SCORES of people are feared to have been wrongly removed or deported because of the Windrush scandal, home secretary Sajid Javid admitted yesterday.
In his first appearance before a Commons committee since becoming Home Secretary, Mr Javid said Home Office officials were urgently trying to establish how many Windrush immigrants may have been deported from the United Kingdom, and how many of them were wrongly removed.
Sajid Javid revealed the number could still rise as officials trawl through over 8,000 cases dating back to 2002, as he branded the term "hostile environment", coined by Theresa May, "un-British".
Of this number, 32 have been convicted of a crime, while 31 had been subject to "administrative" removals for an unspecified other reason.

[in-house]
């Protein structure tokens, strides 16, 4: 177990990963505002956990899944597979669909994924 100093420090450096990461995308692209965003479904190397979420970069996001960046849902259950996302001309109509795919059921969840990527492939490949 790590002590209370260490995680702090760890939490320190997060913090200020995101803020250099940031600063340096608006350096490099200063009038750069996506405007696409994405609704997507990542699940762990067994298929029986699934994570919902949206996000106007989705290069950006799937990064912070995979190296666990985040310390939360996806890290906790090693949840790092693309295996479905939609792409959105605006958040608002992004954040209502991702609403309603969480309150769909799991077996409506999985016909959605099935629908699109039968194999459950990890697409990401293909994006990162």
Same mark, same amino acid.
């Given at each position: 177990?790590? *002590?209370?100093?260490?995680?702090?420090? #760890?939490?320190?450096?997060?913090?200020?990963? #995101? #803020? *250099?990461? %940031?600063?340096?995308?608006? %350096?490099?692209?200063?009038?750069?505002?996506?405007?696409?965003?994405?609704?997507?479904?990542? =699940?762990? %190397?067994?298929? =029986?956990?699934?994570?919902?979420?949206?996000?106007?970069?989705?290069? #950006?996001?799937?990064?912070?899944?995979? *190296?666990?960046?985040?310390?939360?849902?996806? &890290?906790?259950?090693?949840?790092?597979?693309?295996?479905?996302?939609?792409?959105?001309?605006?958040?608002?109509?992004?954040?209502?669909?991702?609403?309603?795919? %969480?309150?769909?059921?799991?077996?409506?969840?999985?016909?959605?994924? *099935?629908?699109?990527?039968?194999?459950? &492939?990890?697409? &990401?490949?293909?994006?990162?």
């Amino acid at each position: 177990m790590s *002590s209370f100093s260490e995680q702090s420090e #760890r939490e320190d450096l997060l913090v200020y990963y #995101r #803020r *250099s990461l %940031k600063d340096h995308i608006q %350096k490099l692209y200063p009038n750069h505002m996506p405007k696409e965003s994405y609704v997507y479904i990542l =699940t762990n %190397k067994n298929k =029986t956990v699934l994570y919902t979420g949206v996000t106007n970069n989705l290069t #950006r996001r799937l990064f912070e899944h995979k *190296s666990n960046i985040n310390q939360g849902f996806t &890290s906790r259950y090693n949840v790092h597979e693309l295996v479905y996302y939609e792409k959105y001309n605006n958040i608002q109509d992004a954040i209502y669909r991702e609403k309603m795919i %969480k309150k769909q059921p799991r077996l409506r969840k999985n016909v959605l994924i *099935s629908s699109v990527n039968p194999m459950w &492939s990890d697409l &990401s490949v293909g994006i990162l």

He said: "I've asked officials to be absolutely certain and thorough and check over every record and make sure".
Diane Abbott, the shadow home secretary, said she was "glad we've got this figure".
It was the first time specific numbers have been outlined since the scandal involving people who came to the United Kingdom from Commonwealth nations broke.
Mr Javid became home secretary last month after Amber Rudd resigned, saying she "inadvertently misled" MPs over targets for removing illegal immigrants.
In three cases, the person does have a legal basis to stay in Britain, while nine cases are ongoing.
Javid said that the figures were not conclusive and could change as his department continues their examination of deportation records.
Figures released in documents provided to the committee showed that a dedicated helpline set up after the Windrush furore erupted has received more than 11,500 calls.
Almost 1,500 appointments had been booked, resulting in 526 people receiving documents which confirmed their right to live in Britain, he said. So far, 526 people have been issued documents confirming their legal right to live in the UK.